Wednesday, July 6, 2016

First Half of 2016

Team C4C has already invested a ton of miles, thousands of dollars, and hours of prayers into 2016 and the year is only half over!

So far the team has raised almost $11,000 for Bike MS alone, and we'd love to have your support for this great charity - it's easy to donate and every dollar goes to the National MS Society.

Here are some of the year's highlights so far

We had a small-but-mighty showing at the first organized ride of the year, the Front Runner Century. Front Runner benefits those fighting Chron's Disease and we were blessed with great weather for the ride even though the forecast looked dismal.

Next was the Gran Fondo Salt Lake on a very windy but very beautiful day.

And then the best ladies' ride of the year - Little Red! Little Red benefits the Huntsman Cancer Institute and it's a wonderful celebration of life, women, and bikes.


Right on the heels of Little Red was the Huntsman 140. Members of Team C4C rode distances from 80-140 miles in honor of those we've lost, support of those who are fighting, and in hope for a cancer-free future. Read more about why we ride the Huntsman 140 here.


And our final June ride was the biggest of the year - the MS 150! This year's MS ride was especially poignant because it marks one year from our final ride with teammate Rob Bateman, who passed away unexpectedly last October. We were honored to ride in Rob's memory and in support of the MS society and all the men and women living with Multiple Sclerosis.



Monday, June 20, 2016

Why I Huntsman 140

by Jamie

140 miles is a big goal. It's a big, exhausting day that we excitedly sign up for, pay entry fees for, train for, get up at 3:30 am for, and bust our butts to achieve.

On Saturday I was proud to ride with Team Qualtrics and Team Cycle4Cure in the Huntsman 140 to benefit the Huntsman Cancer Institute.

I rode in honor of those we have lost, in support of those fighting tough battles, and in the hope of a bright and healthier future.

I rode in honor of my mother-in-law, Sharon Morningstar, who we lost to ovarian cancer 5 years ago.

I rode in support of Tom and Renee Bradley who are in the care of the Huntsman Cancer Institute fighting melanoma and breast cancer.

And I rode in hope of a healthy future. At current rates, 2 in 5 of us will fight cancer in our lifetimes. We must do better. Today's ride is in support of the Huntsman Cancer Institute, where scientists, doctors, and caregivers are making tremendous progress in today's treatments and tomorrow's cures.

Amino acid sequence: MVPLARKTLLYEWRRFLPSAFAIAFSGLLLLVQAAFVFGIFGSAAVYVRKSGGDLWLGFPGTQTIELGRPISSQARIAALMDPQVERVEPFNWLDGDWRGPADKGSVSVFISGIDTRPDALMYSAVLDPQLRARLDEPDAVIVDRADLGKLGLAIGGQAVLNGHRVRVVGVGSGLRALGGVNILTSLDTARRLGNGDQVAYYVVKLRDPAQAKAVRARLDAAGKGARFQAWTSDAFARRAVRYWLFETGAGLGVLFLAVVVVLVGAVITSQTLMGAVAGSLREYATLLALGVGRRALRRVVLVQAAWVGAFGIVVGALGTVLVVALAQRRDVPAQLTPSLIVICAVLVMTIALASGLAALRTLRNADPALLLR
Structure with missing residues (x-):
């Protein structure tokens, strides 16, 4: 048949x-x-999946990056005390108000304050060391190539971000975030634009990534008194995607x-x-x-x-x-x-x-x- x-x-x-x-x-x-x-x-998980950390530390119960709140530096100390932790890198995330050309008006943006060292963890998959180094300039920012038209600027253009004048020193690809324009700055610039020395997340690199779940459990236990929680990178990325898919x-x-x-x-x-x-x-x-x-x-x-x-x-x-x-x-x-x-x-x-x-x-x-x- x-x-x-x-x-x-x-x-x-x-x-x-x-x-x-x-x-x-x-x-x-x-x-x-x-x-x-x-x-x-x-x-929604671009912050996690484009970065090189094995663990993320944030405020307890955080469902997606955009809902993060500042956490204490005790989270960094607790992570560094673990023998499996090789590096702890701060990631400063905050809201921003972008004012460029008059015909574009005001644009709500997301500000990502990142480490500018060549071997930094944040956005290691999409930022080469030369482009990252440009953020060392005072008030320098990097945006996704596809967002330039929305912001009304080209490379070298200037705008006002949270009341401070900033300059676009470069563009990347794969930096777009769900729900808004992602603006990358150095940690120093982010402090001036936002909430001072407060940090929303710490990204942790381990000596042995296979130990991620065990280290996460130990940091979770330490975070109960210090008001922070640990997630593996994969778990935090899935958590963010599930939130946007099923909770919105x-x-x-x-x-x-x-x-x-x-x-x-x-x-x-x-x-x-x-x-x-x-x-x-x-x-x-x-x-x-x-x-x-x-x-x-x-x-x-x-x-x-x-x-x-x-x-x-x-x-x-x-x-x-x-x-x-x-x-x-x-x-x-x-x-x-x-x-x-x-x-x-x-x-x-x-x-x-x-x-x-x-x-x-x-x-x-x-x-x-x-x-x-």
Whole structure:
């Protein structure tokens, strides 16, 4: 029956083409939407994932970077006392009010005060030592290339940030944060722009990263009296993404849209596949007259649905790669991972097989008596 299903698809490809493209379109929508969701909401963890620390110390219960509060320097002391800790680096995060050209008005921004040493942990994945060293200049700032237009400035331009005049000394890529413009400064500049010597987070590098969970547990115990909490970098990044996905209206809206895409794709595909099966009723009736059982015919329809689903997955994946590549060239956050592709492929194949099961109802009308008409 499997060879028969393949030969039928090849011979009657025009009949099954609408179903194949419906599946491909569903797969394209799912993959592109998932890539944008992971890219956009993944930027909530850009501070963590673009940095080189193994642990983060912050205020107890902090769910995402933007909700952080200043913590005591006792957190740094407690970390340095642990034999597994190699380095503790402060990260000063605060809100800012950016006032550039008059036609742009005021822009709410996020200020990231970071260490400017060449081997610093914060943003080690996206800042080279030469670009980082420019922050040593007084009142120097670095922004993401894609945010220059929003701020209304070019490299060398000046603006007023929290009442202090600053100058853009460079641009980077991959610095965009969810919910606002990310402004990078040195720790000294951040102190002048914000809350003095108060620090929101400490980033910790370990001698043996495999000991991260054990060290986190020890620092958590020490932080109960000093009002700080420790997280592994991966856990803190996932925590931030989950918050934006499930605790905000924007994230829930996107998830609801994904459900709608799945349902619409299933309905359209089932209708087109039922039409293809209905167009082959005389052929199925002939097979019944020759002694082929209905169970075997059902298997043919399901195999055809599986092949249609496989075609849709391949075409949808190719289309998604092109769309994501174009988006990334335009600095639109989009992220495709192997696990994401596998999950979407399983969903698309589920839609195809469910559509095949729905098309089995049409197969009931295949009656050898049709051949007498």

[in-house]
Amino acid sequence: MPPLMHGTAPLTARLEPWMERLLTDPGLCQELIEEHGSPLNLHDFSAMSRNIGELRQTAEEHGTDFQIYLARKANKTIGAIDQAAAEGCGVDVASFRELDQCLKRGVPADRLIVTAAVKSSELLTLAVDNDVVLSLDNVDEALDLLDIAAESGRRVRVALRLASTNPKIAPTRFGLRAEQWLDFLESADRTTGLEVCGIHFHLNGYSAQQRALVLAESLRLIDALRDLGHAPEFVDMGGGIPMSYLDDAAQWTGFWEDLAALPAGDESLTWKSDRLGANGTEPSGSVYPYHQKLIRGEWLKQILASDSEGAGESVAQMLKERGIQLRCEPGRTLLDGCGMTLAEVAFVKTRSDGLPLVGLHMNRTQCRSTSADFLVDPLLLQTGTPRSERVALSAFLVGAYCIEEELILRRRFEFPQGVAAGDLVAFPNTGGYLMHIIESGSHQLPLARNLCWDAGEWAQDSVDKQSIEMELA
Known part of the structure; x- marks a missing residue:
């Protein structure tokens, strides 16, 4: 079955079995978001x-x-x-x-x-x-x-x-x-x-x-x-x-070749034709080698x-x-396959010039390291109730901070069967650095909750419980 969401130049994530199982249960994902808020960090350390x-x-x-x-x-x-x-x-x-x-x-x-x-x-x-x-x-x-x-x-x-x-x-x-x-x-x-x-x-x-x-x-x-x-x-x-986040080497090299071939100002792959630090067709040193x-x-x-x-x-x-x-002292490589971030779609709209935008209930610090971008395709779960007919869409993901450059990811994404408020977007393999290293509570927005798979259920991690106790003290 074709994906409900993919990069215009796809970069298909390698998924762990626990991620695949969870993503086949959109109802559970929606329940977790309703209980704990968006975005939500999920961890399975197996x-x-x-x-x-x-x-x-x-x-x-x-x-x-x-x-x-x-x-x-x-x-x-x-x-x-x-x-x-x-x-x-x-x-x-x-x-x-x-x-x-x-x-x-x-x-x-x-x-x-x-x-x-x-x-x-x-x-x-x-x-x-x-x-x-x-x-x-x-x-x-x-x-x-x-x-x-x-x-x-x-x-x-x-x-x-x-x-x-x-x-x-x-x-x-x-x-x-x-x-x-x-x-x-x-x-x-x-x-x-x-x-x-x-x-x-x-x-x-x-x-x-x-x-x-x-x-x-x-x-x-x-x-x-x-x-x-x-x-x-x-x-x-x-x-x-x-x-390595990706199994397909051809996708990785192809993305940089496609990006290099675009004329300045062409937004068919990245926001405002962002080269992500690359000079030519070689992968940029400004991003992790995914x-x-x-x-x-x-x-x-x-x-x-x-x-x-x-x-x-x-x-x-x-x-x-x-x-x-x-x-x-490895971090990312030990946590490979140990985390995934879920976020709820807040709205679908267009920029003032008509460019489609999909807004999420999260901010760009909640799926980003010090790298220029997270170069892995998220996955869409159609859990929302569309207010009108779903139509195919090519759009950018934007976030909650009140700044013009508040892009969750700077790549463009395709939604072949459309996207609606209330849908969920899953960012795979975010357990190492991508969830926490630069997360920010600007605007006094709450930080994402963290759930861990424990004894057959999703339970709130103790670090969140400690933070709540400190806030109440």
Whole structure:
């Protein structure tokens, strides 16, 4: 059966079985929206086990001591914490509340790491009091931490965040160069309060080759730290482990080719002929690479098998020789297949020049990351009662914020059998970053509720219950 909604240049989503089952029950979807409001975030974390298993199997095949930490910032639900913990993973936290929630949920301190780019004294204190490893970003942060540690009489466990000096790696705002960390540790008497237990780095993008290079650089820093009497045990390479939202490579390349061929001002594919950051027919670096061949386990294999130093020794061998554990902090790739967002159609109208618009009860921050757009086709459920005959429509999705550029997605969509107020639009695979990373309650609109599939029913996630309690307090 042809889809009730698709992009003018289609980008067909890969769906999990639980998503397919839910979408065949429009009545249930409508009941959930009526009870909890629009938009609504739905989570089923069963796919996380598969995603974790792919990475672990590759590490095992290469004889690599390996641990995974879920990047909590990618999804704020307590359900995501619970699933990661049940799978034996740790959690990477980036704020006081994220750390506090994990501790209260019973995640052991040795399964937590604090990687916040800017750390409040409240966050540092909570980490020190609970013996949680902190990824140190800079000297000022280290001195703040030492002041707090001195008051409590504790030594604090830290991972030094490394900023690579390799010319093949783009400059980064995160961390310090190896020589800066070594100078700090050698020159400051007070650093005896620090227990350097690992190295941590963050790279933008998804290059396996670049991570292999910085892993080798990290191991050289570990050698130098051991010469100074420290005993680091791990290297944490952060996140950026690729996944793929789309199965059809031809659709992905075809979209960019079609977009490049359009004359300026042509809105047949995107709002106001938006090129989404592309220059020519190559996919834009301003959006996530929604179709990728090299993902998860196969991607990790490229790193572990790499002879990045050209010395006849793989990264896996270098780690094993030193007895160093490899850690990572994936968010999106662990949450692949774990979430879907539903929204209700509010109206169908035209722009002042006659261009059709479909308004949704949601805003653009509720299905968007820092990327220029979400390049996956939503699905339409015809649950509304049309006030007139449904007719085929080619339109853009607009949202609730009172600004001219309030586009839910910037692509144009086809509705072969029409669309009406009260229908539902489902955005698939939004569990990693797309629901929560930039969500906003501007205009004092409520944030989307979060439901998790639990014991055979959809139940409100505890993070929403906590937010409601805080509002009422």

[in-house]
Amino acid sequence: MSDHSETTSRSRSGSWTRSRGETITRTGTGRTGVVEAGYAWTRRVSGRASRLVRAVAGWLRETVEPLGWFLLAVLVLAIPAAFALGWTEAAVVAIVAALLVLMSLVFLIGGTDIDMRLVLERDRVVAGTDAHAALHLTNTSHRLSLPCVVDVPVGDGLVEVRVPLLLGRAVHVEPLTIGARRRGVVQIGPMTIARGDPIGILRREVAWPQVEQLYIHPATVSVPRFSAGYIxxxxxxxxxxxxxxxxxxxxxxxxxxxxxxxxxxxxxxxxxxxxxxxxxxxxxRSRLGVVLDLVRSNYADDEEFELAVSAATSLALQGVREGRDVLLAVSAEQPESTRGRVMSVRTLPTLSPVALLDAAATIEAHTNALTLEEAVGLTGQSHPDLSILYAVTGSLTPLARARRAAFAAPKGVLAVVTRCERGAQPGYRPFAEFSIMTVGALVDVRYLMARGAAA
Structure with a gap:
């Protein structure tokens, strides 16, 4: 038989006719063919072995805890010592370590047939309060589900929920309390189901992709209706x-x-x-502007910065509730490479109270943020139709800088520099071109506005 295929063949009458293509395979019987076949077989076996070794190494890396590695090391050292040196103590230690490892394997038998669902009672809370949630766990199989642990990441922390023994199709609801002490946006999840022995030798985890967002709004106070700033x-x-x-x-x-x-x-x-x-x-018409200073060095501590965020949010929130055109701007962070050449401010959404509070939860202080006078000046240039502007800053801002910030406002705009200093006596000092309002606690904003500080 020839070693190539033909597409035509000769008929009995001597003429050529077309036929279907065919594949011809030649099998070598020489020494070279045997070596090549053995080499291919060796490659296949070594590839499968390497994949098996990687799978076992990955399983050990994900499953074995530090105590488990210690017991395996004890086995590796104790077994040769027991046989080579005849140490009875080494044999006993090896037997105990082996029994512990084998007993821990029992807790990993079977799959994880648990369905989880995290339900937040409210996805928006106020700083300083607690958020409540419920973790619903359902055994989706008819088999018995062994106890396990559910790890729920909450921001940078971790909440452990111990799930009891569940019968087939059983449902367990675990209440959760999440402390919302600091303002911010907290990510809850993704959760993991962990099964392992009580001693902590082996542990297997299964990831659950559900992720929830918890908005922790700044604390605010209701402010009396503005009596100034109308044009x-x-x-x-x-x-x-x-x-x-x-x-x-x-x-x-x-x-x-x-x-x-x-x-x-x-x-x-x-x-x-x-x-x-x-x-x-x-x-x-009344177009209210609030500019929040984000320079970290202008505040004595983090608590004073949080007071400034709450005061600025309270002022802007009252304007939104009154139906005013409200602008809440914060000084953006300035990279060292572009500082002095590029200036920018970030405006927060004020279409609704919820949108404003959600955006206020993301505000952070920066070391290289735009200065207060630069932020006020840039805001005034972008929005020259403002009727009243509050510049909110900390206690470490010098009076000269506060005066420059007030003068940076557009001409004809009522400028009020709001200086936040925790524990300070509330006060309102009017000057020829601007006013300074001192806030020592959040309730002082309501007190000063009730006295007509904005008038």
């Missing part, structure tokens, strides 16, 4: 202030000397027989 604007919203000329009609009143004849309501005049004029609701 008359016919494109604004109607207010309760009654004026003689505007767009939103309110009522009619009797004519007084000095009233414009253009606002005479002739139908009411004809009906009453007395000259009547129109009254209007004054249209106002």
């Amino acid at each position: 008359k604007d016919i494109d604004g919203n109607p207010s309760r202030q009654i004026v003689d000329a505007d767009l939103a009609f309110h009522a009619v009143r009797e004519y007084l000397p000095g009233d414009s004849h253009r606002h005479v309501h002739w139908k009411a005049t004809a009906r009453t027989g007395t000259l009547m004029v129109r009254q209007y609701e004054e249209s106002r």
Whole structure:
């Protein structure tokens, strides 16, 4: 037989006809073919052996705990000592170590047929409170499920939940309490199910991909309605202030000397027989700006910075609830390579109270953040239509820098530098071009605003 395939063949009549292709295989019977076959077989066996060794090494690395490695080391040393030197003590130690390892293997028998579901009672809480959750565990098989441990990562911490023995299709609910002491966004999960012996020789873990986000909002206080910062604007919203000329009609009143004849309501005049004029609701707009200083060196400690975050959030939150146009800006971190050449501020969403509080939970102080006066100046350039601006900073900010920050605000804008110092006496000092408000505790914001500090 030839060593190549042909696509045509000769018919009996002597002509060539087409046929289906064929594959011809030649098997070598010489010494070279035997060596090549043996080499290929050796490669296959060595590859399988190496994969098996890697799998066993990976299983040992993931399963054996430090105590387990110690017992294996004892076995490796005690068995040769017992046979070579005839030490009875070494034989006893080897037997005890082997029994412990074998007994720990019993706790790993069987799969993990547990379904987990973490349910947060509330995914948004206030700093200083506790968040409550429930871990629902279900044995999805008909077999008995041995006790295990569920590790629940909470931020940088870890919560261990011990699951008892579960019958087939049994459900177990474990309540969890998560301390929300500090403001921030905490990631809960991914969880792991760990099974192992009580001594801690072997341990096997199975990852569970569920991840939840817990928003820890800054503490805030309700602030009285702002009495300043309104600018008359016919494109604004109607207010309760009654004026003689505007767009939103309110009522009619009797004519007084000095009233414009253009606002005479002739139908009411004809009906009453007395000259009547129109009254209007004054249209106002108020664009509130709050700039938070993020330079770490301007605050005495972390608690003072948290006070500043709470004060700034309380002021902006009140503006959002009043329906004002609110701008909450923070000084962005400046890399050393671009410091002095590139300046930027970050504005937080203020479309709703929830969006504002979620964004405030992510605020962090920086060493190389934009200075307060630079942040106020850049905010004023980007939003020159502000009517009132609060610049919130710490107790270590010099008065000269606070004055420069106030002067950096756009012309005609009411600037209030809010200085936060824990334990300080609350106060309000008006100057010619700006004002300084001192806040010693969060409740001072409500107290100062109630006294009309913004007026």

I am so proud and grateful for this ride and all it stands for.

Sunday, November 29, 2015

Late Summer Rides

Team C4C had a strong end-of-season showing. We enjoyed a beautiful August and September cycling together as a team - training our bodies, enjoying the community of our team, and praying for those in pain and need.

We climbed up to Snowbird...


We rode the inaugural To the Moon and Back ride in the High Uintas to raise money and awareness for trafficking...


We performed especially well at the Rotary Club's Tour de Donut capturing first place in the tandem division...


And we competed in the Snowbird Hill Climb...



It was a great end to a beautiful year - now to bring the trainers indoors, enjoy some snow, and dream about the 2016 season!

Sunday, October 11, 2015

Honoring Rob Bateman

Last week we lost one of our own, Team C4C member Rob Bateman.

Rob was fully committed to the purposes of Team C4C. Here's what Rob shared with Cycling Utah Magazine in this August's issue: “I enjoy riding with a team that wants to make a difference in the lives of others. It impresses me that a group of people at all different levels of ability would start an event with prayer for those who are afflicted and would dedicate their exertions to finding a cure for the illnesses of others. This takes something that we all love to do (cycling) and gives it meaning beyond self.”
Rob became hooked on cycling as a teenager in Germany, where his father was stationed with the US Army. He found that cycling in the mountains gave him a powerful sense of freedom while requiring a real commitment in return.

His own career in the US Foreign Service and later, with ProModel Corporation, took him to more than 60 other countries. After serving as mayor of Eagle Mountain (2000) and finishing his PhD at the University of Utah (2003), he began riding long events in Utah and Idaho.

Since 2005, he spent most of the year in the Middle East where he taught public administration and international business. His training usually consisted of rides through the desert where he dodged the occasional camel or oryx. He cycled with Team C4C during summers at home in Utah with his six children and their families.

Rob's mother, DeNai Bateman (nee McMullin), passed away last year from complications associated with multiple myeloma, a rare form of bone cancer. Her life of compassion and service was extended for eight years by experimental treatments developed through medical research. Rob rode in her memory and in hope that funds raised through his cycling could ease the lives of others with serious illness.

Team C4C honors Rob's memory and offers its condolences and prayers to the entire Bateman family. We will all miss Rob's love of cycling, his tenacity, and his generosity of spirit.

Tuesday, August 18, 2015

Spotlight on Team C4C

Check out the C4C Team Spotlight in the August issue of Cycling Utah Magazine!

Team Cycle 4 Cure Rides with Purpose

by Jamie Morningstar